NEW ALBANY, INDIANA “With women for a lifetime,” is the slogan of the American College of Midwives (ACM) and the practice philosophy of Carla Layne, ARNP, certified nurse midwife (CNM) with OB/ GYN Associates of Southern Indiana, PSC, in New Albany. “From adolescence to menopause, my focus is educating women about their choices so that they know that there are alternative therapies,” says Layne.
While the practice of midwifery often brings to mind normal pregnancy care and natural deliveries, certified nurse midwives are trained in deliveries with epidurals and gynecological services as well. In addition to well woman care, Layne sees patients for problems, such as vaginitis, birth control planning, hormone replacement, bioidentical hormone therapy, aromatherapy, and alternative therapies when standard treatments are unsuccessful. She also spends a lot of time counseling adolescents about birth control and sexually transmitted diseases.
History of Midwifery
Midwifery is often misunderstood because there are different levels of midwife training. Licensed midwives do home births, are trained by other midwives, and do not have any official medical or nursing education. Certified midwives have a degree in midwifery but no background in medicine or nursing. CNMs have a nursing background and undergo two additional years of study in midwifery. Layne holds a master’s in nursing in addition to her midwifery certificate. Currently she delivers exclusively at Floyd Memorial Hospital & Health Services.
For Layne, making sure her standards are current is critical. “Midwifery has a long history in the US, especially in Kentucky. Mary Breckinridge started the Frontier University in 1925. So, there’s a lot of research and certified nurse midwives use evidence-based practices just like physicians do.”
“I think one of the things we were looking for is physicians all have similar training no matter where you went to medical school or did your residency … so because midwives have a different kind of training, it’s interesting to see the different philosophies and ways they address different issues,” says Heather Lewis, MD, with OB/GYN Associates of Southern Indiana of her practice’s decision to add a midwife to its staff.
With OB/GYN Associates since December 2012, Layne has a growing practice of post-menopausal women seeking bioidentical hormone therapy. Layne works with a compounding pharmacy to provide patients individualized plant-based bioidentical hormone replacement. While it takes an average of six months to find the right formula for each patient, Layne claims a 95% success rate in her previous practice.
Aromatherapy is an example of an alternative therapy Layne utilizes to afford her patients a more natural experience. Lavender is used for anxiety and relaxation, either during delivery or during a procedure. Tea tree oil can be used to combat vaginal bacteria and yeast. For patients who are opposed to Pitocin, Layne uses the herb clary sage to induce contractions.
When it comes to labor and delivery, Layne estimates about 80% of patients who seek out a midwife want natural childbirth, while 20% want an epidural. Either way, she spends initial visits educating her patients about pregnancy and what she can do for them during labor. One major difference between Layne and the physicians in her practice is that she labor sits with her OB patients, something physicians simply do not have the time to do. Patients understand that this means their office appointments may be rescheduled if Layne has a patient in labor at the hospital, but they relish the opportunity to have her undivided attention when it is their turn. Techniques Layne utilizes to assist patients in laboring without pain medication include meditation, hydrotherapy, aromatherapy, and massage.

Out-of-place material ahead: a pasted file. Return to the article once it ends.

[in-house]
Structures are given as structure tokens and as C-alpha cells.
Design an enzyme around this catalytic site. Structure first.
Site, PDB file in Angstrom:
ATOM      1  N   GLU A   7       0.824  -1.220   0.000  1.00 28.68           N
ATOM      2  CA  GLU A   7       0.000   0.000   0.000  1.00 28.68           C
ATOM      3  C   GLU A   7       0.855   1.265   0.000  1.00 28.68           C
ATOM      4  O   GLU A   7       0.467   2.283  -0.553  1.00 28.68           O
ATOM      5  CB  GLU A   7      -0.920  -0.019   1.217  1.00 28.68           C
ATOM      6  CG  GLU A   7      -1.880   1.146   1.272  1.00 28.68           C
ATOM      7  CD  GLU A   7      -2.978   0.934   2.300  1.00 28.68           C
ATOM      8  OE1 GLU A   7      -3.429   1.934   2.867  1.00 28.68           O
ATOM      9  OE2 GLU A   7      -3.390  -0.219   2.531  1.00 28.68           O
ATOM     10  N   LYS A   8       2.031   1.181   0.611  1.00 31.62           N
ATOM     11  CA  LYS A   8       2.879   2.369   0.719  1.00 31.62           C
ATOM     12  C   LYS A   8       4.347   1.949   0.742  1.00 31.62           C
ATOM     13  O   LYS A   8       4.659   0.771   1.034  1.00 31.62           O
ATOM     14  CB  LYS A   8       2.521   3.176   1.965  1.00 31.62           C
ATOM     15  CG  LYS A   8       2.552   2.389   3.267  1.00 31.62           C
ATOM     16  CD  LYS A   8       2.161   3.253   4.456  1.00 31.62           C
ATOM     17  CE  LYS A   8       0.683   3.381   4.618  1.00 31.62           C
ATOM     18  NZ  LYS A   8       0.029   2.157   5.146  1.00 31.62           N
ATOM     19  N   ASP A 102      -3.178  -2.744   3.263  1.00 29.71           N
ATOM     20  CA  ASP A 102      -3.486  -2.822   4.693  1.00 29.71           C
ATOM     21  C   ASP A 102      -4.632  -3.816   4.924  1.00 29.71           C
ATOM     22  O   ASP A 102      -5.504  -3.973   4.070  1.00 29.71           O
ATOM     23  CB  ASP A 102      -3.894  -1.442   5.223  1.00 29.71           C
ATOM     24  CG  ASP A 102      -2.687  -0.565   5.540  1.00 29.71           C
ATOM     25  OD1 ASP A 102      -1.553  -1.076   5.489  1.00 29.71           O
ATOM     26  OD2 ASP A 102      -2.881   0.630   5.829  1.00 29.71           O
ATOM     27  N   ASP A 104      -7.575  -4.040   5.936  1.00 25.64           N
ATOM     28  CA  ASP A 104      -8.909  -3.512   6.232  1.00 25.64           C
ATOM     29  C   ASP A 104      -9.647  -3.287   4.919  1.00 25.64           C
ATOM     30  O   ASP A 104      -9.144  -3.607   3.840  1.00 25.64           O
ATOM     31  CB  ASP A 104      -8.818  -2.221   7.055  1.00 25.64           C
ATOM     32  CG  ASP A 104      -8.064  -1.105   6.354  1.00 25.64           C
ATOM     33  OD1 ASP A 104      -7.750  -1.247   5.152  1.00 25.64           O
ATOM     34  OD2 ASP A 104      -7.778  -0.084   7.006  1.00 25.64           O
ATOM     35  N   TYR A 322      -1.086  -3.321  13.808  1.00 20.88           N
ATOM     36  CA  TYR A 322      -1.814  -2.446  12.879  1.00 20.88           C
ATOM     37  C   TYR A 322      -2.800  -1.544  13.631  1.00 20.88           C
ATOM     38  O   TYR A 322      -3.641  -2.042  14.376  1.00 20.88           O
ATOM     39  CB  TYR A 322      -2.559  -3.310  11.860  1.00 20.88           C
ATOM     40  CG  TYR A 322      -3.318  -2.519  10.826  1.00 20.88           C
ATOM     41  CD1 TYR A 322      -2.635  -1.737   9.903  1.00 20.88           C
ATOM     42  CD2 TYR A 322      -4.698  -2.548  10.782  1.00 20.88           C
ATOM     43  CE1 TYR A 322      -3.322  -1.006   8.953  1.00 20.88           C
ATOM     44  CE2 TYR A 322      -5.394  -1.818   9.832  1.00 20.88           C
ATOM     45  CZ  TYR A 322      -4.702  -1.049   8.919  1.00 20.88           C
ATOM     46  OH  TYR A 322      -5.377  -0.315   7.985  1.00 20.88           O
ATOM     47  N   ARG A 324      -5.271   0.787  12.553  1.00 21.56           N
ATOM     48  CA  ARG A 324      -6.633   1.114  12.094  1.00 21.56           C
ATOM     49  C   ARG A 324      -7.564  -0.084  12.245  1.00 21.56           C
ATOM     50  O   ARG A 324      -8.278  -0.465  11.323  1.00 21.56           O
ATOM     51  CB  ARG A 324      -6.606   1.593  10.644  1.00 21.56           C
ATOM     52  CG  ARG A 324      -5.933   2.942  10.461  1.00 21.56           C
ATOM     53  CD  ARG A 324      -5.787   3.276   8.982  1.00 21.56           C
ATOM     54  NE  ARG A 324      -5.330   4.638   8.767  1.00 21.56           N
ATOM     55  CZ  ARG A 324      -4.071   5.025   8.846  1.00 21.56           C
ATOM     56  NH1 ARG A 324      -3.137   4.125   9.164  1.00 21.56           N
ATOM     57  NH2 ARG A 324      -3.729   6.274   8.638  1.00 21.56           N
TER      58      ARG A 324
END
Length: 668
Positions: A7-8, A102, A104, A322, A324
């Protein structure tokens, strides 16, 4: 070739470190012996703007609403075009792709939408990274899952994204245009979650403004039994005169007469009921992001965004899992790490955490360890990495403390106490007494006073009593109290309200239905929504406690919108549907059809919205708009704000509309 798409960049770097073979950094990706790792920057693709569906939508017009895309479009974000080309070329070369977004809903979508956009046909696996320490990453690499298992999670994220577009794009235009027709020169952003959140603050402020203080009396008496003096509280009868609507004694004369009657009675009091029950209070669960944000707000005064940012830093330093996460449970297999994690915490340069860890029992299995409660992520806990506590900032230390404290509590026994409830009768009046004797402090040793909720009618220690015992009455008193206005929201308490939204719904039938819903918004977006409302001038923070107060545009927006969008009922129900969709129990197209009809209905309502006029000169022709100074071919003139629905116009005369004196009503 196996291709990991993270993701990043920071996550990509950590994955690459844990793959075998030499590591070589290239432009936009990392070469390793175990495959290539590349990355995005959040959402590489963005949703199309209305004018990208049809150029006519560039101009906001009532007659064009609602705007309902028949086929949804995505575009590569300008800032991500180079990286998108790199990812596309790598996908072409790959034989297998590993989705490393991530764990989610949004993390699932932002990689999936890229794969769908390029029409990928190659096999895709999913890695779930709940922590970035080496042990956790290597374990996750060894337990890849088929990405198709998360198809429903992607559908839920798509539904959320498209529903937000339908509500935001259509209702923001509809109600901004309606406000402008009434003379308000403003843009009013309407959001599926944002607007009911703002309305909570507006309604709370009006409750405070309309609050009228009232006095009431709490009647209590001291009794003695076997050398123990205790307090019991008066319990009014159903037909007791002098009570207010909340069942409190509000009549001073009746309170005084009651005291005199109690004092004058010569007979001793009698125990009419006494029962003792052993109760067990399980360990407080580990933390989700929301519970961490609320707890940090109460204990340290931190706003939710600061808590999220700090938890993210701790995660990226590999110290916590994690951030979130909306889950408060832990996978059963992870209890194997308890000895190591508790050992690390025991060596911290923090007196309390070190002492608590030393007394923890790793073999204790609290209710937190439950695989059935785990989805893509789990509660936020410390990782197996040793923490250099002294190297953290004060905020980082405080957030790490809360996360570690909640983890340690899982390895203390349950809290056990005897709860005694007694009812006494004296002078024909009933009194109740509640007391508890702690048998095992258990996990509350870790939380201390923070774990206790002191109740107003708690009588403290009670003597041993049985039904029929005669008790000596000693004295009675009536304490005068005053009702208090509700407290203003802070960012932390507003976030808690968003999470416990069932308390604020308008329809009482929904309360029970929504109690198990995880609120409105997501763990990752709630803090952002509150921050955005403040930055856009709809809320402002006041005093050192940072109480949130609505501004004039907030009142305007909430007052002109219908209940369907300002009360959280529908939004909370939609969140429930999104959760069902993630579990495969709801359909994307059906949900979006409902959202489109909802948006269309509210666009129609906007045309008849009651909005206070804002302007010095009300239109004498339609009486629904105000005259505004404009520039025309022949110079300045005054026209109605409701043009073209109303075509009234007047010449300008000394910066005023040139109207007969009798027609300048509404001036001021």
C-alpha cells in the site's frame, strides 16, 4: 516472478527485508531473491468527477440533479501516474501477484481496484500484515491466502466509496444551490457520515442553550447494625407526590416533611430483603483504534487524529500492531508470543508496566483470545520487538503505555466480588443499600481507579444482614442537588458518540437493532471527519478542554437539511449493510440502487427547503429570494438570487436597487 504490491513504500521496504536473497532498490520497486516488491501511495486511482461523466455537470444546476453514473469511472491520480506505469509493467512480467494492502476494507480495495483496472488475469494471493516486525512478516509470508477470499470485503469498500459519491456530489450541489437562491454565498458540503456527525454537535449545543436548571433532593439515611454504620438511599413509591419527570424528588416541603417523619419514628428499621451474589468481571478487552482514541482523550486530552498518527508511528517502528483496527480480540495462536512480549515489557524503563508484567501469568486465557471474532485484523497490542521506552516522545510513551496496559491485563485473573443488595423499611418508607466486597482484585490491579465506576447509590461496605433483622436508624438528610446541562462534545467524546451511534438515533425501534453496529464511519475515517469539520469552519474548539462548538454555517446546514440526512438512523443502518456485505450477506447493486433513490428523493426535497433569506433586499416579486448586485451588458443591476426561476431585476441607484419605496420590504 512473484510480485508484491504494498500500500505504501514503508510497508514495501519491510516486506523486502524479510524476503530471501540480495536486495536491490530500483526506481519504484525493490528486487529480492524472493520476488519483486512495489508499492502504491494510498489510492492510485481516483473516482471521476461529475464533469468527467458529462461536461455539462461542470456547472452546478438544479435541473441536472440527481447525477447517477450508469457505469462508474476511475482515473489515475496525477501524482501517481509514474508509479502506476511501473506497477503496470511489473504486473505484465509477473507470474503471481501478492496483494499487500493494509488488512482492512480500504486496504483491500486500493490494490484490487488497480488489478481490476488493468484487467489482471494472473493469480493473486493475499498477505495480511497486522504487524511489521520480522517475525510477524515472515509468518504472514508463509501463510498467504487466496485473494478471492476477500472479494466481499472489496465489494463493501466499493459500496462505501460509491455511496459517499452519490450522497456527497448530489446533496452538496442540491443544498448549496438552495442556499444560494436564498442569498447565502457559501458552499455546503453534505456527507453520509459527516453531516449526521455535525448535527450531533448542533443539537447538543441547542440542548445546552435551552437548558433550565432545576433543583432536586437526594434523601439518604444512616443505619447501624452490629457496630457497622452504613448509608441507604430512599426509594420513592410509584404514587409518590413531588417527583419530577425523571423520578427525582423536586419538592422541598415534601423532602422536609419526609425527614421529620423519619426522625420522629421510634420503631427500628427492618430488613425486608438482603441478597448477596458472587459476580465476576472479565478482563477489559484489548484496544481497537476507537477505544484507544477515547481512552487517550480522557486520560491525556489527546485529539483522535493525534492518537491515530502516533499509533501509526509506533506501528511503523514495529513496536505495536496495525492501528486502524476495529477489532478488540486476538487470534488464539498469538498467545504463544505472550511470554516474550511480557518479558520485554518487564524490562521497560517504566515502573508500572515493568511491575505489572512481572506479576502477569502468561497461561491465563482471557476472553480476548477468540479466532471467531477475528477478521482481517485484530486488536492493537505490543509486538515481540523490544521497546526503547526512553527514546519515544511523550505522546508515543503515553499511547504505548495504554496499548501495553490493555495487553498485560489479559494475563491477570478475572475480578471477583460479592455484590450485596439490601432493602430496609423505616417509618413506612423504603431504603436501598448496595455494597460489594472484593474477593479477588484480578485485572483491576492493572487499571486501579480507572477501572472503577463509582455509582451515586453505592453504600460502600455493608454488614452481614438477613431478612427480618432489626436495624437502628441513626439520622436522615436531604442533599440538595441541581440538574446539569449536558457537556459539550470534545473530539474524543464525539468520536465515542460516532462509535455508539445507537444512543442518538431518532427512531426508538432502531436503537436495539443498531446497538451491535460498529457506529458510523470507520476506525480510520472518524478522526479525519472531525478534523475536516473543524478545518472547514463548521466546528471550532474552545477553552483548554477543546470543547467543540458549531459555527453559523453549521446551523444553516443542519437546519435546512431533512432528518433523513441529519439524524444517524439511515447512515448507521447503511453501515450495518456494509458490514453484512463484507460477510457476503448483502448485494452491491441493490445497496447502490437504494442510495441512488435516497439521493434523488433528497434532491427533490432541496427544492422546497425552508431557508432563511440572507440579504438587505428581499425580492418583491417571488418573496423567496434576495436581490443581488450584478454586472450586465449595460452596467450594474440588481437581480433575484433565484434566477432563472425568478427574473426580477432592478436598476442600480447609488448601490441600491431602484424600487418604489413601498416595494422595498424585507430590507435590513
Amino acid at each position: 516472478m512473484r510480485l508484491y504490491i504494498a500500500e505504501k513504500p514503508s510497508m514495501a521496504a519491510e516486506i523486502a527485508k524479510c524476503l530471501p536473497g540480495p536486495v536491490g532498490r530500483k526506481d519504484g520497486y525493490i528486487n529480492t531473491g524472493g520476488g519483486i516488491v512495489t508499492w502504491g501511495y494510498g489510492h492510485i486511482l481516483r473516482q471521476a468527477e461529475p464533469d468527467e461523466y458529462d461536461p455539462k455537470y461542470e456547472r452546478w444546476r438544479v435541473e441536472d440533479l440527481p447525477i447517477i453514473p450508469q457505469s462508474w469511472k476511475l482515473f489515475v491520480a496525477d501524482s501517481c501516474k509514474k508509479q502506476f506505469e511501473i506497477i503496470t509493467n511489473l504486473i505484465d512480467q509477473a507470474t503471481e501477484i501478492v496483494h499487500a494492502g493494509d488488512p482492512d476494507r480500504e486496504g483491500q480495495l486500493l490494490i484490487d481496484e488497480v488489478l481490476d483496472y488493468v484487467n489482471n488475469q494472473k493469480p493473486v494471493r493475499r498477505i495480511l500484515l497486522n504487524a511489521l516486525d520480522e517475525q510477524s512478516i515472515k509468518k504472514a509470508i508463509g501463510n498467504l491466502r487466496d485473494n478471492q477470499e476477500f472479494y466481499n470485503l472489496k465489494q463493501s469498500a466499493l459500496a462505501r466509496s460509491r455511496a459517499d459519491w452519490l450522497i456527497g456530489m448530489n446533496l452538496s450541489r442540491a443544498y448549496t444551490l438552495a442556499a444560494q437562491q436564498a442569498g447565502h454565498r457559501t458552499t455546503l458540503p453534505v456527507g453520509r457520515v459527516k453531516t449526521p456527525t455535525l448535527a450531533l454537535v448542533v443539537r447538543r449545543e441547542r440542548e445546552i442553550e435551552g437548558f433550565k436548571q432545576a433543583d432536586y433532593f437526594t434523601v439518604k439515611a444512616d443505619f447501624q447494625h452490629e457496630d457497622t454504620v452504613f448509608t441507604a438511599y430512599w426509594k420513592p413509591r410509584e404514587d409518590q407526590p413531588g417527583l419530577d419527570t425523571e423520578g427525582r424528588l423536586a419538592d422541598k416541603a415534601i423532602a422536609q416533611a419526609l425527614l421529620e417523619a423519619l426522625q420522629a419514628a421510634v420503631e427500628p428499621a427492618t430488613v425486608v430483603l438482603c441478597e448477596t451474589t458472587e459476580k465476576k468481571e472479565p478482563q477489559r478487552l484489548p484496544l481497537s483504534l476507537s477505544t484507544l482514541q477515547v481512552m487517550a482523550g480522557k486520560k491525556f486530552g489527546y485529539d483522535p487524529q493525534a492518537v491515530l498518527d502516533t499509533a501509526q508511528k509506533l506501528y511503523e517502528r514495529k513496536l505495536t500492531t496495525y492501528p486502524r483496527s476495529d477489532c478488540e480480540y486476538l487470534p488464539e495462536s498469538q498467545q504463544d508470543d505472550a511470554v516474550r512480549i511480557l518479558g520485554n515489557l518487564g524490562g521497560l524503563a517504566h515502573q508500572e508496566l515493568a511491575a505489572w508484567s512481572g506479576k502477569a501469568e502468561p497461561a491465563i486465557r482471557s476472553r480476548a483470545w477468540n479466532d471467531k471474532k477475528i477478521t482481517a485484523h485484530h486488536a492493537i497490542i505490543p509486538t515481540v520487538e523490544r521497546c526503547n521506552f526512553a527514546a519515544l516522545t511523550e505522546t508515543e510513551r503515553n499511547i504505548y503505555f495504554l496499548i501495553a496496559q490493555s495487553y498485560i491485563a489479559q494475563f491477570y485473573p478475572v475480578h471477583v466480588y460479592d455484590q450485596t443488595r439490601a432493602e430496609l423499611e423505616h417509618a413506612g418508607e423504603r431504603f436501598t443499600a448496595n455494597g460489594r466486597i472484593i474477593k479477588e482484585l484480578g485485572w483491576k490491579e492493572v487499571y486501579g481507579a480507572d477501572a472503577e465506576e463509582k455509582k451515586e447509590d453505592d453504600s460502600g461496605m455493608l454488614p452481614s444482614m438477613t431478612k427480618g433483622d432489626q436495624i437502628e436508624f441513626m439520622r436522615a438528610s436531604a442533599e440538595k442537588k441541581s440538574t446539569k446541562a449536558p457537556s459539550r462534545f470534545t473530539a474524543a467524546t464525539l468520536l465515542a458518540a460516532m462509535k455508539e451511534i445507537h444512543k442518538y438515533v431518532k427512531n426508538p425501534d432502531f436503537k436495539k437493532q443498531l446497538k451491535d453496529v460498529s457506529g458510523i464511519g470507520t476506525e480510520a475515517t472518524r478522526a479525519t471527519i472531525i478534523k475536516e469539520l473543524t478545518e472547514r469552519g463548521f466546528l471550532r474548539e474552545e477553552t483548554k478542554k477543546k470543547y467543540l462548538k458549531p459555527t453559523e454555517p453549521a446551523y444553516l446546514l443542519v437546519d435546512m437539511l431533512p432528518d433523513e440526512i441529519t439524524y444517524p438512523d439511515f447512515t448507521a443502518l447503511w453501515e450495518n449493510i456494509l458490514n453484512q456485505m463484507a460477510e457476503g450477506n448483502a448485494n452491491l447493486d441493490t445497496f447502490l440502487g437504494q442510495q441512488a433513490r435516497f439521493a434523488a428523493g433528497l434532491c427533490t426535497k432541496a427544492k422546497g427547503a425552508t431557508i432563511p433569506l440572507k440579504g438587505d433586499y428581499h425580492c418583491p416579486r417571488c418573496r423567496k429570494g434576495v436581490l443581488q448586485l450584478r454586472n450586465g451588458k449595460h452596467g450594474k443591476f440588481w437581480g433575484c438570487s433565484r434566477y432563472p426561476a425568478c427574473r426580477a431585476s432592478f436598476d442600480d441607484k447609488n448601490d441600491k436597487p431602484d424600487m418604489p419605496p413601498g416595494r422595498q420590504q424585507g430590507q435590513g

The flexibility of a midwife’s schedule has other advantages for patients. “I have the pleasure of saying, ‘Okay, schedule my patients every half an hour. Don’t double book me,’” says Layne. While physicians might see upwards of 40–45 patients a day, Layne sees six to 15 in her burgeoning practice, a volume she hopes to build to 15 to 20. Lewis says the ability to spend more time educating patients is another of the reasons they chose to add a midwife to the practice. “I think patient education and teaching is a lot of the practice of midwifery … I think that’s one of the places medicine falls a little bit short is educating patients. We make an effort to do that, but I think they have more time,” says Lewis.
On her relationship with the physicians in her practice, Layne says, “Just like the doctors all practice differently, they understand that I am a provider and that I practice differently.” She describes her style as conservative when it comes to following the practice guidelines she and the doctors agreed upon, meaning she does not hesitate to consult with or turn a patient over to one of the physicians if they fall outside of her parameters. “We want to look at midwifery as pregnancy being a normal thing. So when it starts to fall outside the realm of normal, then we look at how much of it can be managed by midwifery and how much of it needs to be managed medically,” says Layne.
Just like the doctors all practice differently, they understand that I am a provider and that I practice differently.– CERTIFIED NURSE MIDWIFE CARLA LAYNE